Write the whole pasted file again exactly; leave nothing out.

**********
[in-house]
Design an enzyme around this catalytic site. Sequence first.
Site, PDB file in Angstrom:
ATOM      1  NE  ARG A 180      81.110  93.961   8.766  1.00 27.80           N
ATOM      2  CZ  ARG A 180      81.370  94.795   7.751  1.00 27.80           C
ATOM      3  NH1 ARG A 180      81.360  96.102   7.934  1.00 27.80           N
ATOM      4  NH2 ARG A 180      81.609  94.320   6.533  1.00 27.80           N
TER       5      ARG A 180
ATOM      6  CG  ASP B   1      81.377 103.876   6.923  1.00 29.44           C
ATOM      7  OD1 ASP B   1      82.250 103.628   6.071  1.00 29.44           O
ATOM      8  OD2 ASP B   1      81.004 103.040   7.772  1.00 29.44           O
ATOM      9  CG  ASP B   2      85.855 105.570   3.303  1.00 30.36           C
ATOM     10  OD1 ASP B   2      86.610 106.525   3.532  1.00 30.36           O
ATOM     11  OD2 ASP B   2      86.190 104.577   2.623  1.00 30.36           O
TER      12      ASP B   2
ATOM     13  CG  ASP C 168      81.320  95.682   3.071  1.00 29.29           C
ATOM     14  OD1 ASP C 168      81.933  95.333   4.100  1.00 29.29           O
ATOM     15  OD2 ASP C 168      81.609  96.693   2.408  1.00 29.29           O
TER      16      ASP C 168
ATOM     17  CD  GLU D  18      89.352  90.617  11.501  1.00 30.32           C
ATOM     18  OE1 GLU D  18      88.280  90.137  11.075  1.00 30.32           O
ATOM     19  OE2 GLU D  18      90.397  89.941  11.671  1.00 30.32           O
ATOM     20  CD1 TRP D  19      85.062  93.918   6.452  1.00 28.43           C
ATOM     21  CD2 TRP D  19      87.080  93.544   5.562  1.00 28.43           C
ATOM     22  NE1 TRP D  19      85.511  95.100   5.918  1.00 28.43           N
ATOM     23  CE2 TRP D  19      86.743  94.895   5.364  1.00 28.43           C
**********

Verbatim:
[in-house]
Design an enzyme around this catalytic site. Sequence first.
Site, PDB file in Angstrom:
ATOM      1  NE  ARG A 180      81.110  93.961   8.766  1.00 27.80           N
ATOM      2  CZ  ARG A 180      81.370  94.795   7.751  1.00 27.80           C
ATOM      3  NH1 ARG A 180      81.360  96.102   7.934  1.00 27.80           N
ATOM      4  NH2 ARG A 180      81.609  94.320   6.533  1.00 27.80           N
TER       5      ARG A 180
ATOM      6  CG  ASP B   1      81.377 103.876   6.923  1.00 29.44           C
ATOM      7  OD1 ASP B   1      82.250 103.628   6.071  1.00 29.44           O
ATOM      8  OD2 ASP B   1      81.004 103.040   7.772  1.00 29.44           O
ATOM      9  CG  ASP B   2      85.855 105.570   3.303  1.00 30.36           C
ATOM     10  OD1 ASP B   2      86.610 106.525   3.532  1.00 30.36           O
ATOM     11  OD2 ASP B   2      86.190 104.577   2.623  1.00 30.36           O
TER      12      ASP B   2
ATOM     13  CG  ASP C 168      81.320  95.682   3.071  1.00 29.29           C
ATOM     14  OD1 ASP C 168      81.933  95.333   4.100  1.00 29.29           O
ATOM     15  OD2 ASP C 168      81.609  96.693   2.408  1.00 29.29           O
TER      16      ASP C 168
ATOM     17  CD  GLU D  18      89.352  90.617  11.501  1.00 30.32           C
ATOM     18  OE1 GLU D  18      88.280  90.137  11.075  1.00 30.32           O
ATOM     19  OE2 GLU D  18      90.397  89.941  11.671  1.00 30.32           O
ATOM     20  CD1 TRP D  19      85.062  93.918   6.452  1.00 28.43           C
ATOM     21  CD2 TRP D  19      87.080  93.544   5.562  1.00 28.43           C
ATOM     22  NE1 TRP D  19      85.511  95.100   5.918  1.00 28.43           N
ATOM     23  CE2 TRP D  19      86.743  94.895   5.364  1.00 28.43           C